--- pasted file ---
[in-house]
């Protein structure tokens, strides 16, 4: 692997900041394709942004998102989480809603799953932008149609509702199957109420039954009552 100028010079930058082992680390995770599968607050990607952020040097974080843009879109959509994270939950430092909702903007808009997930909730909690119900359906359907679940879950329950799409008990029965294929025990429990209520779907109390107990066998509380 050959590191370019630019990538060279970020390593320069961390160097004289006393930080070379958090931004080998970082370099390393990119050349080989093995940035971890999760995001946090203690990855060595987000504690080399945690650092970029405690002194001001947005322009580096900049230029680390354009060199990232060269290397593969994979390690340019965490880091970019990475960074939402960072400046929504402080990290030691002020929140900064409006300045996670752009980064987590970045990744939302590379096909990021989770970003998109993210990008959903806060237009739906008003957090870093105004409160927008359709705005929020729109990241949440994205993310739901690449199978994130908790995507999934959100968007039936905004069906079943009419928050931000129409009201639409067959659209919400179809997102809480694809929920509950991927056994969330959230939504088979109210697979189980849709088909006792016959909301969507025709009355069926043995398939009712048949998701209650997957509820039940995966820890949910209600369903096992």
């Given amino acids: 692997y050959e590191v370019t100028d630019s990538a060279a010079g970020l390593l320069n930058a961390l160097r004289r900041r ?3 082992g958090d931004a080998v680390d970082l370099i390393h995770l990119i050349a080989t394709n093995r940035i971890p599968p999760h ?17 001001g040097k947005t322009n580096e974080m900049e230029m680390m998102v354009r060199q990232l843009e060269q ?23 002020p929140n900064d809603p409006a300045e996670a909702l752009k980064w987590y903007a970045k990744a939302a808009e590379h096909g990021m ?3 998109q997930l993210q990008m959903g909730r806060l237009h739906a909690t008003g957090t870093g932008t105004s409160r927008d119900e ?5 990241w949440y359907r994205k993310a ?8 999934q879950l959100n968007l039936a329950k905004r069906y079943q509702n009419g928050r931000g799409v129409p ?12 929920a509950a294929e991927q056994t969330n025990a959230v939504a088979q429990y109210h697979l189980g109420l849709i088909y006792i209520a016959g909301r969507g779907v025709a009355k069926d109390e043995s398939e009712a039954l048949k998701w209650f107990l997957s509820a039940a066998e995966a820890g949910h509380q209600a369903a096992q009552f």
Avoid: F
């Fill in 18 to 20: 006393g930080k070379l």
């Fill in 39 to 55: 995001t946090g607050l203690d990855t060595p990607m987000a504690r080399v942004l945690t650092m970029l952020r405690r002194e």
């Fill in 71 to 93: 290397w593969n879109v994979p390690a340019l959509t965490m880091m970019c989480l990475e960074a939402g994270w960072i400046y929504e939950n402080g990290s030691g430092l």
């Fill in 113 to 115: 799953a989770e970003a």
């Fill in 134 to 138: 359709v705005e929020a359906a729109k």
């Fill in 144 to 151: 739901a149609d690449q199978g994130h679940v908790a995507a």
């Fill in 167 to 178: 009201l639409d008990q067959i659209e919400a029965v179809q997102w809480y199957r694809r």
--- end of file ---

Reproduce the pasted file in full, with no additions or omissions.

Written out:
[in-house]
């Protein structure tokens, strides 16, 4: 692997900041394709942004998102989480809603799953932008149609509702199957109420039954009552 100028010079930058082992680390995770599968607050990607952020040097974080843009879109959509994270939950430092909702903007808009997930909730909690119900359906359907679940879950329950799409008990029965294929025990429990209520779907109390107990066998509380 050959590191370019630019990538060279970020390593320069961390160097004289006393930080070379958090931004080998970082370099390393990119050349080989093995940035971890999760995001946090203690990855060595987000504690080399945690650092970029405690002194001001947005322009580096900049230029680390354009060199990232060269290397593969994979390690340019965490880091970019990475960074939402960072400046929504402080990290030691002020929140900064409006300045996670752009980064987590970045990744939302590379096909990021989770970003998109993210990008959903806060237009739906008003957090870093105004409160927008359709705005929020729109990241949440994205993310739901690449199978994130908790995507999934959100968007039936905004069906079943009419928050931000129409009201639409067959659209919400179809997102809480694809929920509950991927056994969330959230939504088979109210697979189980849709088909006792016959909301969507025709009355069926043995398939009712048949998701209650997957509820039940995966820890949910209600369903096992």
């Given amino acids: 692997y050959e590191v370019t100028d630019s990538a060279a010079g970020l390593l320069n930058a961390l160097r004289r900041r ?3 082992g958090d931004a080998v680390d970082l370099i390393h995770l990119i050349a080989t394709n093995r940035i971890p599968p999760h ?17 001001g040097k947005t322009n580096e974080m900049e230029m680390m998102v354009r060199q990232l843009e060269q ?23 002020p929140n900064d809603p409006a300045e996670a909702l752009k980064w987590y903007a970045k990744a939302a808009e590379h096909g990021m ?3 998109q997930l993210q990008m959903g909730r806060l237009h739906a909690t008003g957090t870093g932008t105004s409160r927008d119900e ?5 990241w949440y359907r994205k993310a ?8 999934q879950l959100n968007l039936a329950k905004r069906y079943q509702n009419g928050r931000g799409v129409p ?12 929920a509950a294929e991927q056994t969330n025990a959230v939504a088979q429990y109210h697979l189980g109420l849709i088909y006792i209520a016959g909301r969507g779907v025709a009355k069926d109390e043995s398939e009712a039954l048949k998701w209650f107990l997957s509820a039940a066998e995966a820890g949910h509380q209600a369903a096992q009552f």
Avoid: F
């Fill in 18 to 20: 006393g930080k070379l």
């Fill in 39 to 55: 995001t946090g607050l203690d990855t060595p990607m987000a504690r080399v942004l945690t650092m970029l952020r405690r002194e």
């Fill in 71 to 93: 290397w593969n879109v994979p390690a340019l959509t965490m880091m970019c989480l990475e960074a939402g994270w960072i400046y929504e939950n402080g990290s030691g430092l």
């Fill in 113 to 115: 799953a989770e970003a």
């Fill in 134 to 138: 359709v705005e929020a359906a729109k």
């Fill in 144 to 151: 739901a149609d690449q199978g994130h679940v908790a995507a």
């Fill in 167 to 178: 009201l639409d008990q067959i659209e919400a029965v179809q997102w809480y199957r694809r």